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Jisc digitisation programmes Podcasts Projects 2006-2009 Users Web2.0

Communities and online collections

The Great War Archive web site, part of the JISC-funded First World War Poetry Digital Archive project, is a powerful example of how communities can be galvanised in the creation of a unique and poignant online resource for the benefit of the wider public. An article on the Times Higher Education Supplement “From no man’s […]

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Islamic Studies Users

Requirements for digitised resources in Islamic Studies

Following the designation of Islamic Studies as a strategically important subject by the UK Government in June 2007, JISC commissioned a review of user requirements for digitised resources for researchers and teachers within higher education working in the field of Islamic Studies. The University of Exeter carried out the study and in their final report […]

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Jisc digitisation programmes Projects 2006-2009 Users Web2.0

Is academia ready for Web 2.0?

As part of its development, the Pre-Raphaelite Resource digitisation project recently commissioned an audience research study to consult users about whether the inclusion of Web 2.0 features on a resource of this type would be useful or important to the education community. The report indicated that: “there is some readiness among the education community for […]

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Funding Jisc digitisation programmes Users

Prioritising Digitisation

One of the most difficult aspects of developing a digitisation strategy is deciding how you will prioritise your digitisation work Fragile manuscripts, fading newspapers, valuable coins, hidden audio recordings, historical texts and the like all clamour for the right to be digitised first. The JISC Digitisation Programme recognises this is a difficulty and therefore issued […]

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Publicity and promotion Users

Promoting online special collections

A recent blog post on Digitization 101 pointed to the article Online Digital Special Collections in English Universities: Promoting Awareness. This article is a useful read for those involved in the creation of digital collections and responsible for their take-up once material is available online. The author proposes a number of practical tips on activities […]

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OCR Searching Users

Creating Keywords Automatically

There’s an awful lot of interesting ideas to unpack in the Nineteenth-Century Serials Edition (ncse) resource mentioned in a previous posting. For a start, there is novel to addition to showing results by showing the image reproduction for a search results as well as the OCR’d transcription. There’s the whole range of partners involved in […]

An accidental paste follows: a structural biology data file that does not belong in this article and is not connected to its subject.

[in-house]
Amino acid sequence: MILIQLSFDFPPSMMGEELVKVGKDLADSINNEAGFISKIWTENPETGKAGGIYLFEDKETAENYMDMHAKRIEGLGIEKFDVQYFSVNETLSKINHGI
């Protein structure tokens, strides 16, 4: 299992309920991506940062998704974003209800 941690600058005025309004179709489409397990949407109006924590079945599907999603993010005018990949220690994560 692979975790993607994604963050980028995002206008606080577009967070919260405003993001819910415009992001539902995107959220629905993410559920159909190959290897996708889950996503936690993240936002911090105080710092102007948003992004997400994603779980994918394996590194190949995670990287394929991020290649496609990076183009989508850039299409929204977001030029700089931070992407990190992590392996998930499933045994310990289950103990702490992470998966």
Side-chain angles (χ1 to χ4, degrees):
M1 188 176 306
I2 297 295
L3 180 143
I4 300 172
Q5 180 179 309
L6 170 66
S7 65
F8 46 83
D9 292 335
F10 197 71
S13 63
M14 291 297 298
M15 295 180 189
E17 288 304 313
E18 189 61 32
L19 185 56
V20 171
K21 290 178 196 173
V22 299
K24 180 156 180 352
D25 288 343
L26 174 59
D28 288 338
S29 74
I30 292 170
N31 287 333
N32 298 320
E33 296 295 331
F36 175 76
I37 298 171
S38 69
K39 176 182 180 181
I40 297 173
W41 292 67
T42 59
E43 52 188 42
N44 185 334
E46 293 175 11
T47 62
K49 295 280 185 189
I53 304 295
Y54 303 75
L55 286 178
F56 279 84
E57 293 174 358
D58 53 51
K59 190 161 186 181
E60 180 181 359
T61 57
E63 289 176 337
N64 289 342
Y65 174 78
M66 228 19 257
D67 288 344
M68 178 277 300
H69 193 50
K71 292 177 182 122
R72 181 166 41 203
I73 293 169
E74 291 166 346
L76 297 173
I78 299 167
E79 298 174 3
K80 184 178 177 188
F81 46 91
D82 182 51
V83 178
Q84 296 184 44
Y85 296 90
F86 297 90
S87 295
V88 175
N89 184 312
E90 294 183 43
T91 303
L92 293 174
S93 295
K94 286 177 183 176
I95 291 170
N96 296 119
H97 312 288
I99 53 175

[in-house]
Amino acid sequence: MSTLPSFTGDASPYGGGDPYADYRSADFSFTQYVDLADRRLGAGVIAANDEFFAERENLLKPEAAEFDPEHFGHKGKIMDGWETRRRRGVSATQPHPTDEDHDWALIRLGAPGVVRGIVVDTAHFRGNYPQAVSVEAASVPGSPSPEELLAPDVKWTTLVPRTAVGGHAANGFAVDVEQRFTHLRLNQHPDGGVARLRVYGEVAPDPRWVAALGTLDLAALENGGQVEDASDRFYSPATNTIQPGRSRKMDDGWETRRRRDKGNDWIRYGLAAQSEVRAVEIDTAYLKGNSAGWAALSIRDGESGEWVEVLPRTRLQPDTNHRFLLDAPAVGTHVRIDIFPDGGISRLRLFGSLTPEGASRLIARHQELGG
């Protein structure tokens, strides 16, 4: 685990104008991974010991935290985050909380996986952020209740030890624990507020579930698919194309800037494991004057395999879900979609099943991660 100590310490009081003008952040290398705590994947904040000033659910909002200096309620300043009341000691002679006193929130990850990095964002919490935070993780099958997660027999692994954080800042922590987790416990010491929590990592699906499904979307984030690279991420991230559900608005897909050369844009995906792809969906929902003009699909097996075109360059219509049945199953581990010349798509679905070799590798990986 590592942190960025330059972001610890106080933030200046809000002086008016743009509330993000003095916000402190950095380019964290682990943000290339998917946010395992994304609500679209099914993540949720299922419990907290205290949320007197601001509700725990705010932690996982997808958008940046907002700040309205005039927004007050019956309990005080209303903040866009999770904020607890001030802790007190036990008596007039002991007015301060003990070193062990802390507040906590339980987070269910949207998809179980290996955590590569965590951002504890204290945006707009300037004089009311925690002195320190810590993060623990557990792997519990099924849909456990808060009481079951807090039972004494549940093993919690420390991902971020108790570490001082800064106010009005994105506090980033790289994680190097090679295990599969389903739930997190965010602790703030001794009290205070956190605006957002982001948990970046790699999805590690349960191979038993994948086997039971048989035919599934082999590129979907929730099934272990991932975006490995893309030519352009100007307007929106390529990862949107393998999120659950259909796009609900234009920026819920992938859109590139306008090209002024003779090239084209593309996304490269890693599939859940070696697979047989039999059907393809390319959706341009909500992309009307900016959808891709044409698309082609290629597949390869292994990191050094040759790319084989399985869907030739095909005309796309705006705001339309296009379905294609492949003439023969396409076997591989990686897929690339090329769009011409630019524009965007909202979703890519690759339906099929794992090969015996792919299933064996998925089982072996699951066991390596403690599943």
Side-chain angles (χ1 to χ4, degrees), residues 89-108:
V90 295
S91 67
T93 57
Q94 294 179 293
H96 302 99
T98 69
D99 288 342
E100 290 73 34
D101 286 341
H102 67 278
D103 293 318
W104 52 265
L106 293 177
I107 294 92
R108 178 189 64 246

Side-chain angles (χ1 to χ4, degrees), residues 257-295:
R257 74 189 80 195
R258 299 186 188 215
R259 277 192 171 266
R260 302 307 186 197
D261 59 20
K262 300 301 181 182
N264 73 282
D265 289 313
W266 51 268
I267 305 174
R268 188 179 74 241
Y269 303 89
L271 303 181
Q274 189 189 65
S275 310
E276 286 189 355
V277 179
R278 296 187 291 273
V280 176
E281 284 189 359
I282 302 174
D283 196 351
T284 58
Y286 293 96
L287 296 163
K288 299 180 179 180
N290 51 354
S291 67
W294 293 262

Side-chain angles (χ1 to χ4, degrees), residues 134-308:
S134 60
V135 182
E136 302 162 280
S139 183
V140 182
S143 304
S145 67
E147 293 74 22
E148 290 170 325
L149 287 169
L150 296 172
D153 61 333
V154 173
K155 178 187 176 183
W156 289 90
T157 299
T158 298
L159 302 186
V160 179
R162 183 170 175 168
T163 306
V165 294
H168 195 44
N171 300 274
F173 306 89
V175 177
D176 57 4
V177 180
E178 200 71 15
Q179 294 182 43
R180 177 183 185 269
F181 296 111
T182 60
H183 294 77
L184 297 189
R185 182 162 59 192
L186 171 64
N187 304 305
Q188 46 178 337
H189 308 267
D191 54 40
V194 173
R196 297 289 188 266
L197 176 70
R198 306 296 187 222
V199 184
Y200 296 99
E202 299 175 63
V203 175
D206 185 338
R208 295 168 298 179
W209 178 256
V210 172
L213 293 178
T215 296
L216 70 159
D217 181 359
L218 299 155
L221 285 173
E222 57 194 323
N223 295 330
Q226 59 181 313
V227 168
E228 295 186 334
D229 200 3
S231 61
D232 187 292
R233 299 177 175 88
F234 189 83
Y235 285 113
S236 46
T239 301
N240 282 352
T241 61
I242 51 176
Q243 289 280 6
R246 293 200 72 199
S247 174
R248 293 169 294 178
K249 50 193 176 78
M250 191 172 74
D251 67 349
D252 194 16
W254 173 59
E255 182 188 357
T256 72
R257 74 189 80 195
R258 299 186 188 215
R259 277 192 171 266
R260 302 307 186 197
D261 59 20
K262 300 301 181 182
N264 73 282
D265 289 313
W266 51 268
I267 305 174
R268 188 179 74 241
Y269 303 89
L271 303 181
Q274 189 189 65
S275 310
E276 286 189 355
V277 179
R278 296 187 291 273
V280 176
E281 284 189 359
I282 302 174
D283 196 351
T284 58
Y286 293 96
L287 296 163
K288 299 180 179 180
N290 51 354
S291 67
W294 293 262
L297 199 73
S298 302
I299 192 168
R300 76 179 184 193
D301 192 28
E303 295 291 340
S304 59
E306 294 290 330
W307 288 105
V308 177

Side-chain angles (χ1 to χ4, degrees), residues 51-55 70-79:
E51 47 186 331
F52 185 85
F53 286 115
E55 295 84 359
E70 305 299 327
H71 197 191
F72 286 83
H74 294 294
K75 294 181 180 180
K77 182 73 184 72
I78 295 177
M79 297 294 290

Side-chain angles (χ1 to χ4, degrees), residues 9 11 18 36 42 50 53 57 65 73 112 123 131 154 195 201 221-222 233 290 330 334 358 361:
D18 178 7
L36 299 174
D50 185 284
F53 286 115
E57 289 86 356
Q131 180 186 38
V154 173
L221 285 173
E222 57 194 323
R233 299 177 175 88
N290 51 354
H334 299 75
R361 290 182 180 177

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OCR Research Users

Nineteenth-Century resources – Evolution or Revolution?

Members of the JISC team attended a conference to launch the Nineteenth-Century Serials Edition (ncse): a free, online edition of six nineteenth-century periodicals and newspapers. The conference was interesting for a number of reasons, not least because it is in a excellent model for getting groups of end-users involved in discussing and using such resources […]

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e-learning Jisc digitisation programmes Projects 2006-2009 Users

“Did Bob’s Pills cure gout?”

If we make it, they might come… but it is a fact that any newly launched digital collection has to compete for attention with a huge amount of material already available on the web. Resource creators, therefore, have the challenging task of devising ways in which to interest and engage potential users. Projects within the […]

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Impact assessment Jisc digitisation programmes Projects 2003-2007 Users

Usage and impact of digital resources

The JISC invites tenders to conduct a study on the usage and impact of a selection of online digital resources which were produced as part of the JISC Phase One Digitisation Programme, 2003-2007. The digital collections created as part of the programme are aimed at enhancing the provision of e-content for teaching, learning and research […]

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Google Usability Users

Librarians on the way out?

The JISC and BL-commissioned Google Generation report highlights a number of key points that will have an effect on current and future digitisation projects. That librarians need to radically re-think their position and tasks to avoid becoming outdated in the face of tools like Google. It is not just the ‘kids of today’ that dumb […]